PINEHURST, N.C. – The Atlantic Coast Conference hasn't ruled out the possibility of rotating the sites for its championship game.
ACC officials plan to announce the sites for the 2008, 2009 and 2010 championship games in December, ACC Associate Commissioner Michael Kelly said Tuesday during the final day of the ACC Media Days at the Pinehurst Resort.
The ACC's contract to hold the game in Jacksonville, Fla., expires at the end of this season. Jacksonville is competing with Tampa, Orlando and Charlotte, N.C., for the rights to the 2008, 2009 and 2010 championships.
"It's not a winner-take-all situation," Kelly said. "It could be a situation where we award one to one city, one to another. It could be all three to one."
This wouldn't mark the first time a BCS conference experimented with rotating sites for a championship game.
The Southeastern Conference has held its championship game in Atlanta since 1994 after holding the first two games in Birmingham, Ala. But the Big 12 has played its 11 championship games in five different cities.
"The biggest favorable part of that is it gives you an opportunity to see those different cities and venues and how they would do at hosting a game," ACC Commissioner John Swofford said. "If you're not there, you're guessing. You have a perception of what it would be like and how well it could be done and how well it would be attended, but you
don't know until you give it a try. It would be a reality test.
"The other side of that is you're not giving one locale the opportunity to develop the game there locally, building on each and every year."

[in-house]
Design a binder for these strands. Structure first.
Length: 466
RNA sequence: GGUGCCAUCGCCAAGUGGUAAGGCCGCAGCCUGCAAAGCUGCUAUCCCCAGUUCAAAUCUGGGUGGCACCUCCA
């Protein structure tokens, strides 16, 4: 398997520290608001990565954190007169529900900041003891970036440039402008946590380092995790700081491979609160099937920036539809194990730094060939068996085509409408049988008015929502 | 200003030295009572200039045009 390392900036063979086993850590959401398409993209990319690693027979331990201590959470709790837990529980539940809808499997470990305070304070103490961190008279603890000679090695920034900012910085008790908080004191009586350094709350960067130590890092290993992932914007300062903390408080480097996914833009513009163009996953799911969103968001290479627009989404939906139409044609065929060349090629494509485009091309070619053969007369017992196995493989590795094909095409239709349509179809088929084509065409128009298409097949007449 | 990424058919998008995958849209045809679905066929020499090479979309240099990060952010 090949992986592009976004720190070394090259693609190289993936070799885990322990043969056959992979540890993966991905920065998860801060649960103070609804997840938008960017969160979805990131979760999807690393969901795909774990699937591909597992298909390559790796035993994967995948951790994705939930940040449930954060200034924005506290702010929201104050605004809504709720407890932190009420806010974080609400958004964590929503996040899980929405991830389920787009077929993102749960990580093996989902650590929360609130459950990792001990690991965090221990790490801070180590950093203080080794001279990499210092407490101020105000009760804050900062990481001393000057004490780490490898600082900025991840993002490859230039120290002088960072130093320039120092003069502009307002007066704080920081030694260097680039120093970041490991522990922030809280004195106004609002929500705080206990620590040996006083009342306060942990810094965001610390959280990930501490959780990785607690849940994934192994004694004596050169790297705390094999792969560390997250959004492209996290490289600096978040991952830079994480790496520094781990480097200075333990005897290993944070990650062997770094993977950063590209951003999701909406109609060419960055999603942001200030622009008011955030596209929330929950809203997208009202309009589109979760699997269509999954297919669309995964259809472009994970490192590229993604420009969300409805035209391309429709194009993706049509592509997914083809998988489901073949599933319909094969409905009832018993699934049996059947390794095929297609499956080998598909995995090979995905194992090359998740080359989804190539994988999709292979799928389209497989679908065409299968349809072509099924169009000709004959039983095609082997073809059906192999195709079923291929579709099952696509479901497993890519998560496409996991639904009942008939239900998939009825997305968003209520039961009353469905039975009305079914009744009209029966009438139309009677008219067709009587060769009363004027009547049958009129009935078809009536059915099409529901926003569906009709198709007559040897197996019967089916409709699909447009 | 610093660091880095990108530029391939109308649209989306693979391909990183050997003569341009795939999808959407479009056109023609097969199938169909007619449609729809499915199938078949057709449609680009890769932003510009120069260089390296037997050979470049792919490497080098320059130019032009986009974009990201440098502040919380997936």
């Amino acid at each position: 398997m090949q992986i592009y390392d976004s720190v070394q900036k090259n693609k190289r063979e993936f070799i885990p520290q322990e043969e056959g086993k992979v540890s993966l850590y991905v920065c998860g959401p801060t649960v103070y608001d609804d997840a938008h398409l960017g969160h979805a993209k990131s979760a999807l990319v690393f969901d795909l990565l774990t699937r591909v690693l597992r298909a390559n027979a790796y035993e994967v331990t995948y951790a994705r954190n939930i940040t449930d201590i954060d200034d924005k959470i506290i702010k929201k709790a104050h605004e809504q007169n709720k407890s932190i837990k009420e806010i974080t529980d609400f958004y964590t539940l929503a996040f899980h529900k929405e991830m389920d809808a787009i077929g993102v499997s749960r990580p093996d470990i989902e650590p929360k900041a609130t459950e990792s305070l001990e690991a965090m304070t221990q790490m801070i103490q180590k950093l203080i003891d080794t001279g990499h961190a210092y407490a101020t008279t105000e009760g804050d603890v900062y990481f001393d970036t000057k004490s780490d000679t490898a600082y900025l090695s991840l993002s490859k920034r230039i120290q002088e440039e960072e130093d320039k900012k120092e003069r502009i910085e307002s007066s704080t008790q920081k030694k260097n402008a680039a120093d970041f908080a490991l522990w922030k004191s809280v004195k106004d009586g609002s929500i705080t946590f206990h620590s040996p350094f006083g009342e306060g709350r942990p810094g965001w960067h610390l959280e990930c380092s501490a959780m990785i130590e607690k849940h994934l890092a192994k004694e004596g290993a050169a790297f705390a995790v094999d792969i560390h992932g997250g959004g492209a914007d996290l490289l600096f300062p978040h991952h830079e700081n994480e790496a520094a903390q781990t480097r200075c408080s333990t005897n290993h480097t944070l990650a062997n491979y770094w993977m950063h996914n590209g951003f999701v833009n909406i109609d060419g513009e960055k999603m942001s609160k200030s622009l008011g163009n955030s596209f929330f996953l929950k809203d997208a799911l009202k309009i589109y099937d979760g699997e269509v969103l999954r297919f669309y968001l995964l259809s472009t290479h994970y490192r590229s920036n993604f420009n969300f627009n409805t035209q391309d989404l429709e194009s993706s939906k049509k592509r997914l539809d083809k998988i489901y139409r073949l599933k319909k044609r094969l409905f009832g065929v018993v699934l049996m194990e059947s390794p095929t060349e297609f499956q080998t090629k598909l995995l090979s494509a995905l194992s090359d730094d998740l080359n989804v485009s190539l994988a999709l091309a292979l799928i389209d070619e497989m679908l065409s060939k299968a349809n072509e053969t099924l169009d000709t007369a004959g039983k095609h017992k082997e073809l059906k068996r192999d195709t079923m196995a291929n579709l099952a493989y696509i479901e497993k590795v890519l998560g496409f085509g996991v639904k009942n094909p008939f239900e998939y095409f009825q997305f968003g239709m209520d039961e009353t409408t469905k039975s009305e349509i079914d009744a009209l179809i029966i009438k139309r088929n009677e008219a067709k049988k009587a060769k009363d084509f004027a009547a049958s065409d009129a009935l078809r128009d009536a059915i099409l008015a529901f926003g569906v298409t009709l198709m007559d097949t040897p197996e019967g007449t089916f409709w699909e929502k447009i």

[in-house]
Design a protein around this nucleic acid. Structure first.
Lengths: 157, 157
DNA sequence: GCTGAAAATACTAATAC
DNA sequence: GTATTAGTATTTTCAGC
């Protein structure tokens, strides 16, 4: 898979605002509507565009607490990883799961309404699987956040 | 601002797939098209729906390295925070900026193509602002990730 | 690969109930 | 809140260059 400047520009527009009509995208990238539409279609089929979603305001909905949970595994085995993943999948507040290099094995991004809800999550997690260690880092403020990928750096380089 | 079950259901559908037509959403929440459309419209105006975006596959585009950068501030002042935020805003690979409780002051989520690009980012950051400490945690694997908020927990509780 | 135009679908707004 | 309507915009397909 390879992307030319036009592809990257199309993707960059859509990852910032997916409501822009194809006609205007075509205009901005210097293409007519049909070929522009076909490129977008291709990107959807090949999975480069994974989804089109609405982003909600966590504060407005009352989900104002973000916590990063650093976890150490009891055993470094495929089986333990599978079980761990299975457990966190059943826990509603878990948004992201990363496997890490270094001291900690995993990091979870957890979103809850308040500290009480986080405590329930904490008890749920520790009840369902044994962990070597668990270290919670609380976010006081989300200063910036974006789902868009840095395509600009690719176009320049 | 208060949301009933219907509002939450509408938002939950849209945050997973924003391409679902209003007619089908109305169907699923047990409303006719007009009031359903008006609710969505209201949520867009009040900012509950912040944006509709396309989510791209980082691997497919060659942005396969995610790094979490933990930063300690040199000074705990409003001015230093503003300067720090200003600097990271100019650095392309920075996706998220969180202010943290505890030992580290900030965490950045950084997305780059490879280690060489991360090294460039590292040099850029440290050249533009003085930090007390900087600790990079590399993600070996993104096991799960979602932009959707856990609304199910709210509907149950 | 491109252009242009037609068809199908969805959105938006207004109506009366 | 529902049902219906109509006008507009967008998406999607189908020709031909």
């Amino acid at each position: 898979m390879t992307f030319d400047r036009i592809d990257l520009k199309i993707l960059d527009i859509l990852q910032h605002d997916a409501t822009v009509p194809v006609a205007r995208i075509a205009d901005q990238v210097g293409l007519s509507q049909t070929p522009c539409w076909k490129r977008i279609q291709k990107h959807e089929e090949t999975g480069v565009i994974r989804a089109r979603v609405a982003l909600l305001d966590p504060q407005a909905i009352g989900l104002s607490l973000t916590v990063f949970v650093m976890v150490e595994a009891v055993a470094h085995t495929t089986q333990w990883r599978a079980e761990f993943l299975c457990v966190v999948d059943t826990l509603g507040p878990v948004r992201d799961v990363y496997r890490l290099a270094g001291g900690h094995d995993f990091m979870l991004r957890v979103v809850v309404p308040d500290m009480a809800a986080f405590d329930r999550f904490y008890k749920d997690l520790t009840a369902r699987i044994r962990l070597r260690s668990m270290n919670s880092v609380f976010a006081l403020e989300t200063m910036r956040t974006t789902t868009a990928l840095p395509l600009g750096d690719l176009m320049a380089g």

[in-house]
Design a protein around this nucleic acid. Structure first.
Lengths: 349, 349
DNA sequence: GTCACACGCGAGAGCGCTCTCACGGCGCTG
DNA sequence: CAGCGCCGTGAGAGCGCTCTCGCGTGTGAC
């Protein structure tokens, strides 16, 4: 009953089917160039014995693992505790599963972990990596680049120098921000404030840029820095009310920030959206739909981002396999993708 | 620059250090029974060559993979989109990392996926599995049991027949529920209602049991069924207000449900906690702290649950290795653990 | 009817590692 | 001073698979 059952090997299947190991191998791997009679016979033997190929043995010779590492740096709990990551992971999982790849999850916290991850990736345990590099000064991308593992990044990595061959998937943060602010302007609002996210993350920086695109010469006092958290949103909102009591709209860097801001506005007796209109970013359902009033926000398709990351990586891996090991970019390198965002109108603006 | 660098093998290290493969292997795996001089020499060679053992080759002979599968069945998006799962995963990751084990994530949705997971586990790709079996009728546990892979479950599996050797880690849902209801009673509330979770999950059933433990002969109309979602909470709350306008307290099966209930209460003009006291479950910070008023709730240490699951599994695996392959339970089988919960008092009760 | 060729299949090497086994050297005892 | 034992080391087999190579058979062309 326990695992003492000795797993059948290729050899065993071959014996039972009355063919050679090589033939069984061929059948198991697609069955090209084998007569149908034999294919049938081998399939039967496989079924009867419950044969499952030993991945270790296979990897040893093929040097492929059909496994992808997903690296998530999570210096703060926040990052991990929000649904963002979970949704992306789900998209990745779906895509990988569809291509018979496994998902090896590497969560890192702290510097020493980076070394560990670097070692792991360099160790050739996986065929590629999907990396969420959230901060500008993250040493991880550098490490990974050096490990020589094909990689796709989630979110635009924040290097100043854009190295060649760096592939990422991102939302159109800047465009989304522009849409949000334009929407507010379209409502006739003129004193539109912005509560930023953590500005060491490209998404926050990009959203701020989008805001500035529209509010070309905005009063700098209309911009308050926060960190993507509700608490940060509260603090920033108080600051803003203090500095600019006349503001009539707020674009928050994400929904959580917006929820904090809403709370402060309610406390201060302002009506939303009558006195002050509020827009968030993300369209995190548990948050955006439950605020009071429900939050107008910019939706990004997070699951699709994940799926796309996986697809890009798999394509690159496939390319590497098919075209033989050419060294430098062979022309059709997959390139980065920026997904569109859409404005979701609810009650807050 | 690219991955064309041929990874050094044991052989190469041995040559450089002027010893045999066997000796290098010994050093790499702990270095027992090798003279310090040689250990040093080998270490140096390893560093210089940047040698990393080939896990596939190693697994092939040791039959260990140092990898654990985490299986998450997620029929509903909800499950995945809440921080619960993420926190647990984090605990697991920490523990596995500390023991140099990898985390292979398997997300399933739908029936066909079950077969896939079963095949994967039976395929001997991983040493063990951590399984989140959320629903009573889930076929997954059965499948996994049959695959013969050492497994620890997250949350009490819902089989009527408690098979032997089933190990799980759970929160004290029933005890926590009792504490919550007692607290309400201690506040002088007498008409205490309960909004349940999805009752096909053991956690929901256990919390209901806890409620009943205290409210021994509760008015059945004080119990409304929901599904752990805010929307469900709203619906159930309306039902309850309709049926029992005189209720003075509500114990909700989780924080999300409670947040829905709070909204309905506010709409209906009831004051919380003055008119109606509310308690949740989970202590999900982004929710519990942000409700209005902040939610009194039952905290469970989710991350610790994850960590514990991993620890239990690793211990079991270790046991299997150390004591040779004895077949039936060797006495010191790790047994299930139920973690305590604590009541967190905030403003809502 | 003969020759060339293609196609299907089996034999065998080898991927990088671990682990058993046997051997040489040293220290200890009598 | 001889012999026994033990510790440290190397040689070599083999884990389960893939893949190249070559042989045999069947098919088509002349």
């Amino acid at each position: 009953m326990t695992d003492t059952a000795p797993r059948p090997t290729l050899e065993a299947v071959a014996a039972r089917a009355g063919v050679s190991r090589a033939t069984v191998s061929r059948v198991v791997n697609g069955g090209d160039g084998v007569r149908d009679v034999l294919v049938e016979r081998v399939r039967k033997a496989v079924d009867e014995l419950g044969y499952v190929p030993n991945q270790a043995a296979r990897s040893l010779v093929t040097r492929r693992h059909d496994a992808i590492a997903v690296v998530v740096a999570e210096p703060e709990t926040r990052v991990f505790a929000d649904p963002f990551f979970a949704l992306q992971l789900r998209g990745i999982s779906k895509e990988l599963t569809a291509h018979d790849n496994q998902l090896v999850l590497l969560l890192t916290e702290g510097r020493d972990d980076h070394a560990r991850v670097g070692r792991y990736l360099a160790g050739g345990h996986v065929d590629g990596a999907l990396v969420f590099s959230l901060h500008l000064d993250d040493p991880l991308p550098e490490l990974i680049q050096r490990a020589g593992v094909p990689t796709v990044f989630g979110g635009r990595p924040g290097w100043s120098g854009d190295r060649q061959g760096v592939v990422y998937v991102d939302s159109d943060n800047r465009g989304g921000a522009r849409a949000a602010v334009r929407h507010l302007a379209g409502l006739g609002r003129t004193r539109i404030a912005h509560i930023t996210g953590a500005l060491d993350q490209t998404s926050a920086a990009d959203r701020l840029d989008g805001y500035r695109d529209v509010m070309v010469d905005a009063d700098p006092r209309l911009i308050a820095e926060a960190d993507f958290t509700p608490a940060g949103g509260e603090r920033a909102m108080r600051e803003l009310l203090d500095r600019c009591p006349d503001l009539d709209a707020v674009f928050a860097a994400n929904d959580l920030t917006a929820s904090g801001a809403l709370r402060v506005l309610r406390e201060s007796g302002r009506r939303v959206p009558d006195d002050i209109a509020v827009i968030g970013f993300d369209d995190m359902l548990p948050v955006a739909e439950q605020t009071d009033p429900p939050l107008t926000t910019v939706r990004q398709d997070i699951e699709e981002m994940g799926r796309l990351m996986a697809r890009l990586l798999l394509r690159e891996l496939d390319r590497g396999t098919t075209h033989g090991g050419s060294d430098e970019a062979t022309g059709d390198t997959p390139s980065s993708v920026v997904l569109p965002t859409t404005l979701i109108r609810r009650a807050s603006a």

Each of the cities competing for the right to host the championship must submit a proposal by Aug. 31.
Swofford acknowledged that the uncertainty surrounding the Citrus Bowl could hinder Orlando's opportunity to host a championship game by 2010. The Orange County (Fla.) Commission is scheduled to vote this week on a $1.1 billion construction package that would include renovation of the stadium among other projects.
"There are some unknowns there in terms of timing and exactly what will be done with the stadium and when it will be done," Swofford said. "We would certainly welcome Orlando, but with the stadium renovation project not yet determined and the probability that it would be going on during this three-year period, it may be that Orlando comes back into the picture later on."
Dix, Harding, honored
Florida State sprinter Walter Dix has won the Anthony J. McKevlin Award that goes to the conference's top male athlete each year, Swofford announced Tuesday. Duke women's basketball player Lindsey Harding received the Mary Garber Award given to the outstanding female performer.
Dix won the 100-meter and 200-meter dash and ran on the first-place 4x100 relay team to help Florida State capture its second consecutive national title in men's outdoor track. Dix
received 31 votes, while Georgia Tech wide receiver Calvin Johnson was second with 23 votes, and Duke lacrosse player Matt Danowski finished third with 12 votes.
Harding won the Naismith Award given to the nation's most outstanding player and led Duke to an undefeated regular-season record. Harding received 22 votes to edge North Carolina soccer player Heather O'Reilly by a single vote. Wake Forest distance runner Michelle Sikes and Maryland field hockey player Paula Infante tied for third place with eight votes each.
In the wake of the scandal involving former NBA official Tim Donaghy, Swofford noted that the ACC is entering its second year of conducting background checks for football, men's basketball and women's basketball officials.
Swofford said he believes the Big Ten and ACC are the only conferences with such a program in place. The NCAA also conducts its own background checks for officials in the NCAA Tournament and bowl games, Swofford said.
The FBI is investigating Donaghy regarding accusations that he bet on games he officiated the last two seasons.